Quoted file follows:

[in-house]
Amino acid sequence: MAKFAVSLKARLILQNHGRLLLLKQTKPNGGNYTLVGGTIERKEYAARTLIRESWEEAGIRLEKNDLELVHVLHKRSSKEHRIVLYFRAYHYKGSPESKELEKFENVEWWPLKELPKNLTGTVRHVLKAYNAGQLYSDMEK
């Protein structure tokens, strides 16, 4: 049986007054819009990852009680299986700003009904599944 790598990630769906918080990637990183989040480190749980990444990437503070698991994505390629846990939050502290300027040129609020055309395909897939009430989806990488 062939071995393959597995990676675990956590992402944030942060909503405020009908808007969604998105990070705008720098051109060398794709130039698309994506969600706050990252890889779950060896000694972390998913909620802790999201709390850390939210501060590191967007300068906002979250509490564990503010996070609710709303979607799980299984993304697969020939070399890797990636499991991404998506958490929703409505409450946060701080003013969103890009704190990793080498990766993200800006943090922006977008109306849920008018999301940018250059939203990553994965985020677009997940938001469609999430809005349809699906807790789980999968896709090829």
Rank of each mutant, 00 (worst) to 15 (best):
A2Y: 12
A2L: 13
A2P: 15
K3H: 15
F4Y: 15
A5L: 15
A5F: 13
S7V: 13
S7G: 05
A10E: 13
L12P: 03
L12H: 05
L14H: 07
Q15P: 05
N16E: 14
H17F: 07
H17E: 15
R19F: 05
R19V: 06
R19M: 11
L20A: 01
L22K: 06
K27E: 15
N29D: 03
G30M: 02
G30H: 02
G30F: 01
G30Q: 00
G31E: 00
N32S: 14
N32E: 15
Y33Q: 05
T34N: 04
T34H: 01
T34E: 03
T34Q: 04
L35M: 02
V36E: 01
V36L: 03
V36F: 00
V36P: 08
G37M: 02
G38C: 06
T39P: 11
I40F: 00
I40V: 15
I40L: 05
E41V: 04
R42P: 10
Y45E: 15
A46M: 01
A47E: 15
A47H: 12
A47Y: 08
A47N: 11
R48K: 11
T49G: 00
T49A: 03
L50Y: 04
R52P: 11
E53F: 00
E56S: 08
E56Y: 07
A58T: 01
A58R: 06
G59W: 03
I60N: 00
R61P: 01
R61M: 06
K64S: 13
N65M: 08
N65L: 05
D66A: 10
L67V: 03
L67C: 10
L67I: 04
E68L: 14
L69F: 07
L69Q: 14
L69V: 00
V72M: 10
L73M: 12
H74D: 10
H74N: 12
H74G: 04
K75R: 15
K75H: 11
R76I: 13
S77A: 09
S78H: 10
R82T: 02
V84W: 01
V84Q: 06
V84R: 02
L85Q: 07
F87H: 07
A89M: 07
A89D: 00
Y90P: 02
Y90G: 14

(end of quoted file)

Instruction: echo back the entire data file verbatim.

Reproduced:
[in-house]
Amino acid sequence: MAKFAVSLKARLILQNHGRLLLLKQTKPNGGNYTLVGGTIERKEYAARTLIRESWEEAGIRLEKNDLELVHVLHKRSSKEHRIVLYFRAYHYKGSPESKELEKFENVEWWPLKELPKNLTGTVRHVLKAYNAGQLYSDMEK
């Protein structure tokens, strides 16, 4: 049986007054819009990852009680299986700003009904599944 790598990630769906918080990637990183989040480190749980990444990437503070698991994505390629846990939050502290300027040129609020055309395909897939009430989806990488 062939071995393959597995990676675990956590992402944030942060909503405020009908808007969604998105990070705008720098051109060398794709130039698309994506969600706050990252890889779950060896000694972390998913909620802790999201709390850390939210501060590191967007300068906002979250509490564990503010996070609710709303979607799980299984993304697969020939070399890797990636499991991404998506958490929703409505409450946060701080003013969103890009704190990793080498990766993200800006943090922006977008109306849920008018999301940018250059939203990553994965985020677009997940938001469609999430809005349809699906807790789980999968896709090829």
Rank of each mutant, 00 (worst) to 15 (best):
A2Y: 12
A2L: 13
A2P: 15
K3H: 15
F4Y: 15
A5L: 15
A5F: 13
S7V: 13
S7G: 05
A10E: 13
L12P: 03
L12H: 05
L14H: 07
Q15P: 05
N16E: 14
H17F: 07
H17E: 15
R19F: 05
R19V: 06
R19M: 11
L20A: 01
L22K: 06
K27E: 15
N29D: 03
G30M: 02
G30H: 02
G30F: 01
G30Q: 00
G31E: 00
N32S: 14
N32E: 15
Y33Q: 05
T34N: 04
T34H: 01
T34E: 03
T34Q: 04
L35M: 02
V36E: 01
V36L: 03
V36F: 00
V36P: 08
G37M: 02
G38C: 06
T39P: 11
I40F: 00
I40V: 15
I40L: 05
E41V: 04
R42P: 10
Y45E: 15
A46M: 01
A47E: 15
A47H: 12
A47Y: 08
A47N: 11
R48K: 11
T49G: 00
T49A: 03
L50Y: 04
R52P: 11
E53F: 00
E56S: 08
E56Y: 07
A58T: 01
A58R: 06
G59W: 03
I60N: 00
R61P: 01
R61M: 06
K64S: 13
N65M: 08
N65L: 05
D66A: 10
L67V: 03
L67C: 10
L67I: 04
E68L: 14
L69F: 07
L69Q: 14
L69V: 00
V72M: 10
L73M: 12
H74D: 10
H74N: 12
H74G: 04
K75R: 15
K75H: 11
R76I: 13
S77A: 09
S78H: 10
R82T: 02
V84W: 01
V84Q: 06
V84R: 02
L85Q: 07
F87H: 07
A89M: 07
A89D: 00
Y90P: 02
Y90G: 14